Meanwhile as of the evening hours of November 5th, hurricane Noel was moving at about 10 mph (17 km/h) toward Newfoundland in the north Atlantic. Noel weakened to a tropical storm on the 6th and should become extratropical.
This is the first time that two hurricanes have formed in November in the Atlantic/Carribbean Ocean basin since Hurricanes Florence and Gordon in 1994.
See the National Hurricane Center's Frequently Asked Questions page for additional information about Hurricanes and Tropical Storms.
Weather Log - November 1 - 10, 2001
The featured image in this months report was Hurricane Michelle. The storm is moving northeast from the Bahamas into the open Atlantic Ocean.
Weather Log - November 11 - 20, 2001
According to media sources, Algeria's worst floods in nearly 40 years have killed at least 618 people, with 577 dead in the capital, Algiers, alone, state media reported on the 12th. Poor planning and worse maintenance, not the wrath of nature, explain the high death toll from flash flooding in Algeria, experts said on Tuesday (13th) . El Watan daily newspaper, in an unconfirmed report, said the floods killed 1,000 people in Algiers. It quoted a volunteer as saying: "There are cars buried underground with their occupants. We need heavy machinery to get them out." Experts said flash floods swept away hundreds in Algiers' poor Bab el Oued neighborhood because safe construction practices were disregarded and sewers not maintained. Some existing drains, dating from the French colonial era, were sealed by the authorities three years ago after it was found they were being used as hide-outs by Islamic insurgents. Meteorologists said the amount of rain that drenched Algiers in a few hours was exceptional. "More than 100 millimetres (4 inches) of rain fell in a few hours in central Algiers" Saturday, said Abdeslem Chougrani of the state-run National Meteorology Office. "This compares with an average 93 mm (3.7 inches) the city normally receives in one month in that time of the year."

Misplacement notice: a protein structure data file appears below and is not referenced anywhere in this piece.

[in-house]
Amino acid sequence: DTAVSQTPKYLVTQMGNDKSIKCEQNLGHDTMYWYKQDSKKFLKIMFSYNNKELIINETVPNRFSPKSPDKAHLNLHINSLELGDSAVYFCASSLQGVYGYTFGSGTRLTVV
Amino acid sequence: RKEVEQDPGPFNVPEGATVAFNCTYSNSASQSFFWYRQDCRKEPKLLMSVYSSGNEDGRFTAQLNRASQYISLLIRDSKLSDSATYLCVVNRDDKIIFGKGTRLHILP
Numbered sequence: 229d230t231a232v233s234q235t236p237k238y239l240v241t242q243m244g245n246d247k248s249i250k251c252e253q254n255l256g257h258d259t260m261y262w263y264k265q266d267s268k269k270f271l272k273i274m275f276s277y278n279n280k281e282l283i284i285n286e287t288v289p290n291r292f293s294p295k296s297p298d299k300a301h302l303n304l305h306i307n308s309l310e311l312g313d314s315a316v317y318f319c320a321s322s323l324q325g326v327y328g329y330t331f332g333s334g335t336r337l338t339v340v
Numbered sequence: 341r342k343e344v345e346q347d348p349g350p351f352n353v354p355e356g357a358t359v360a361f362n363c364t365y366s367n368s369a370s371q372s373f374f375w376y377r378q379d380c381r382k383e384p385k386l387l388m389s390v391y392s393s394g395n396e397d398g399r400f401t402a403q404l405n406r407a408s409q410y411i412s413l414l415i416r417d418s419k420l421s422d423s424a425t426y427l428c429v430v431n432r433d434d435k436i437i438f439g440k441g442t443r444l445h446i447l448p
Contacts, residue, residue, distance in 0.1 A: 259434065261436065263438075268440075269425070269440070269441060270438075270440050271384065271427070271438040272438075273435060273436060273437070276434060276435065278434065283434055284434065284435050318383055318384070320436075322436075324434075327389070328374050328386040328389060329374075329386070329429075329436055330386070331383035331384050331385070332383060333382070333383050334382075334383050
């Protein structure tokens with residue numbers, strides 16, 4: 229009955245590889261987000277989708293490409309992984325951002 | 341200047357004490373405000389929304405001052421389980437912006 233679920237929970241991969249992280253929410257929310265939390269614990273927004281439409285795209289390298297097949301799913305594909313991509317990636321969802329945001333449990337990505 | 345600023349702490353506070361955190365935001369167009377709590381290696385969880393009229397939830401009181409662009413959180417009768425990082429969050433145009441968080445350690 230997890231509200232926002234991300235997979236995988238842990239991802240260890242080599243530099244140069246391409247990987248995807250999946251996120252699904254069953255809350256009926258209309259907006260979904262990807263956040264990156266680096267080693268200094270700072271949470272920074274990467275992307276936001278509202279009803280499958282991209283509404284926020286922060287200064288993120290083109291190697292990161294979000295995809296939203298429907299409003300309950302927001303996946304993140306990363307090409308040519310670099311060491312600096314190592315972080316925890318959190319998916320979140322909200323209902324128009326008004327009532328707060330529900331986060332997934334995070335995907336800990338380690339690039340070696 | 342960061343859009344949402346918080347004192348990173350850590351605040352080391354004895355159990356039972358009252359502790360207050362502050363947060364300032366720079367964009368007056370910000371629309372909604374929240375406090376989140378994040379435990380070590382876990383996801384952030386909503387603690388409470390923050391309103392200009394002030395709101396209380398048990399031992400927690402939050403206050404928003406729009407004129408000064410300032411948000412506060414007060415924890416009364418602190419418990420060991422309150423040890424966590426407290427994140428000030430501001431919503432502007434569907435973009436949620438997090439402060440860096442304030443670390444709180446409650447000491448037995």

Typhoon Lingling roared into central Vietnam, killing at least 18 people, knocking out power and destroying hundreds of homes. The storm has been downgraded but still is causing flooding problems on the 13th. The storm, which left 171 confirmed dead and another 118 missing in the Philippines, brought 130 kilometer per hour (83 mph) gusts when it hit Vietnam between Phu Yen and Binh Dinh provinces, the National Center for Hydro Meteorology said. Additional media reports indicate, Lingling was the first typhoon to hit central Vietnam this year, although a tropical low-pressure system last month brought torrential rains and floods to eight central provinces, killing at least 44 people. Meteorologists warned that Lingling could bring more rain to upstream parts of the Mekong River in Cambodia and the lower areas of Laos. A swelling of the Mekong River upstream could slow the receding of floodwaters downstream in the rice-growing Mekong Delta which have killed at least 366 people since August, 286 of them children, but done only slight damage to crops. Flash floods and landslides in Vietnam's central region in October and November 1999 killed more than 730 people. See the image of Typhoon Lingling when the storm was between the Philippines and coastal Vietnam.